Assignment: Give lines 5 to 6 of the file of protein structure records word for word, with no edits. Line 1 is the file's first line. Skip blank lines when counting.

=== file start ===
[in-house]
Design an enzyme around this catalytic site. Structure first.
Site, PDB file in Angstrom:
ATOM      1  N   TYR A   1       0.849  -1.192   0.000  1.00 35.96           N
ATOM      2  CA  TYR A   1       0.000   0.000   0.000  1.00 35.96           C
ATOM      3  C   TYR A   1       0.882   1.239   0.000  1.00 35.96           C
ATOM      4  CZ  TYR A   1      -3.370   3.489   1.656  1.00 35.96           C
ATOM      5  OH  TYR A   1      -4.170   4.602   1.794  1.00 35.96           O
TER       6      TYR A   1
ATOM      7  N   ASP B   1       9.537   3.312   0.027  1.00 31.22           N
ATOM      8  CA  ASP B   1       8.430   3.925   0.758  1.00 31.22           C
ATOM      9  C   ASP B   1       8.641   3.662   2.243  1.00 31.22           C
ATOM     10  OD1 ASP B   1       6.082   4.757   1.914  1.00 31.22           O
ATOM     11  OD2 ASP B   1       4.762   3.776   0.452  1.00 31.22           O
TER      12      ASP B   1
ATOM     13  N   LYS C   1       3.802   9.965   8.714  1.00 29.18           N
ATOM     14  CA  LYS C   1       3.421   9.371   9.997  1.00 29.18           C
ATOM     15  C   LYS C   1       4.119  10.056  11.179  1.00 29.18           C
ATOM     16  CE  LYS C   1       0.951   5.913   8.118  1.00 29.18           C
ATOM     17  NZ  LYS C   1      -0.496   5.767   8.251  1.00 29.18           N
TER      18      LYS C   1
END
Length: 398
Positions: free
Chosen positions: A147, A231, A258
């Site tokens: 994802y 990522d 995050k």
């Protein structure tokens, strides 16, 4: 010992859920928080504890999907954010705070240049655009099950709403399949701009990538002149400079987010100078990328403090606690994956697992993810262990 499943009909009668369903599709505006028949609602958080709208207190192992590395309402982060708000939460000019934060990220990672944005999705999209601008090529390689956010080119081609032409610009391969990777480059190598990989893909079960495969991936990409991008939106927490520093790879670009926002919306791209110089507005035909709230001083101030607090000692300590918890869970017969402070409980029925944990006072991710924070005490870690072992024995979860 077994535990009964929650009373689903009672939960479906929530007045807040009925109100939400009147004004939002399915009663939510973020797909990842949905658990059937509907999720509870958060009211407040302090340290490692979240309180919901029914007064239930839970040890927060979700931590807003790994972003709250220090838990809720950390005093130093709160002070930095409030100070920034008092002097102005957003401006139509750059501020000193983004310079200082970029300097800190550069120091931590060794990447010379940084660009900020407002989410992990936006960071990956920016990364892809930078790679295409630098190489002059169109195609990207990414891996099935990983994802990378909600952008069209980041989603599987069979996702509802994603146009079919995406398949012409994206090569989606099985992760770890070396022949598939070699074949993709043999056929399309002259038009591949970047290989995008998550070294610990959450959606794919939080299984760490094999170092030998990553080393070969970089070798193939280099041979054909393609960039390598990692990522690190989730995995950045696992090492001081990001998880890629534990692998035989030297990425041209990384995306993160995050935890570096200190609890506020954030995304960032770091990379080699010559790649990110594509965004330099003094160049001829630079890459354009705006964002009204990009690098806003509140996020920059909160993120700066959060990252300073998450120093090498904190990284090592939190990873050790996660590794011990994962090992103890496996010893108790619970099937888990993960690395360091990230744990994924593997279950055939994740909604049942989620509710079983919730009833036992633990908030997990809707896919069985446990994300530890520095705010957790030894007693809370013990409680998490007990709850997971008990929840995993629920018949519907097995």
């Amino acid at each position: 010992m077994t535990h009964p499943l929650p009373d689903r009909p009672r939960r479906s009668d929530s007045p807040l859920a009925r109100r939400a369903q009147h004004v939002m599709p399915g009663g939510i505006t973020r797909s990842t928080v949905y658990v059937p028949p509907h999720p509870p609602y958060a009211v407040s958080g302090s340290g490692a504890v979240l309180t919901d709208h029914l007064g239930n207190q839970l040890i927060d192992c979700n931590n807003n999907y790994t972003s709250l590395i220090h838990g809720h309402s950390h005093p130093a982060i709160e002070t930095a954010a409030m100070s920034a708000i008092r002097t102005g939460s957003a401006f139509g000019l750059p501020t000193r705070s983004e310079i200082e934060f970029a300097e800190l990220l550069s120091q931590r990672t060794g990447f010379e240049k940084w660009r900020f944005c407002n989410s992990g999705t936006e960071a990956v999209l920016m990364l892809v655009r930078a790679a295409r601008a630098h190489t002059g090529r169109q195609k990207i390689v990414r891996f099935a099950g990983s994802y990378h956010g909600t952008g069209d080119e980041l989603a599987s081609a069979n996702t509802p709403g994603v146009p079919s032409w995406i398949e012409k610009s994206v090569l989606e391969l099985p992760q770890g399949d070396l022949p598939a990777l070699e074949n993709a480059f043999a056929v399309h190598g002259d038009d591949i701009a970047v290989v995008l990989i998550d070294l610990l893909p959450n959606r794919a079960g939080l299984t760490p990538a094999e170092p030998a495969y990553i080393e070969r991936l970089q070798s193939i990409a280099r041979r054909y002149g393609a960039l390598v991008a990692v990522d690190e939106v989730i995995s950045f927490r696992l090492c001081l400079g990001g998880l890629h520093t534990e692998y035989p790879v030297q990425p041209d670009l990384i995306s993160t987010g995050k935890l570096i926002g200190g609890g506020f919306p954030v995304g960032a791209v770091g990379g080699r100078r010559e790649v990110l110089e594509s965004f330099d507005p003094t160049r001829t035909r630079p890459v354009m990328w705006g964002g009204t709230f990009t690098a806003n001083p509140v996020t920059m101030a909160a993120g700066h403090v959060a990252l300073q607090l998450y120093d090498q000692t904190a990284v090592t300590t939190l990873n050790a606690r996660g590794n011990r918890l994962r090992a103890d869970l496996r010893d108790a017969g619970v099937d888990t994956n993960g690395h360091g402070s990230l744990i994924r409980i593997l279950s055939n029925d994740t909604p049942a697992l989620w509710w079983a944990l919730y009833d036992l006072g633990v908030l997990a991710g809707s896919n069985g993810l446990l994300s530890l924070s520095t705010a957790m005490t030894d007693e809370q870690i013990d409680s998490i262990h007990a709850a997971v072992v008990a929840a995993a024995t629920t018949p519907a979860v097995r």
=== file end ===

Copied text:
ATOM      2  CA  TYR A   1       0.000   0.000   0.000  1.00 35.96           C
ATOM      3  C   TYR A   1       0.882   1.239   0.000  1.00 35.96           C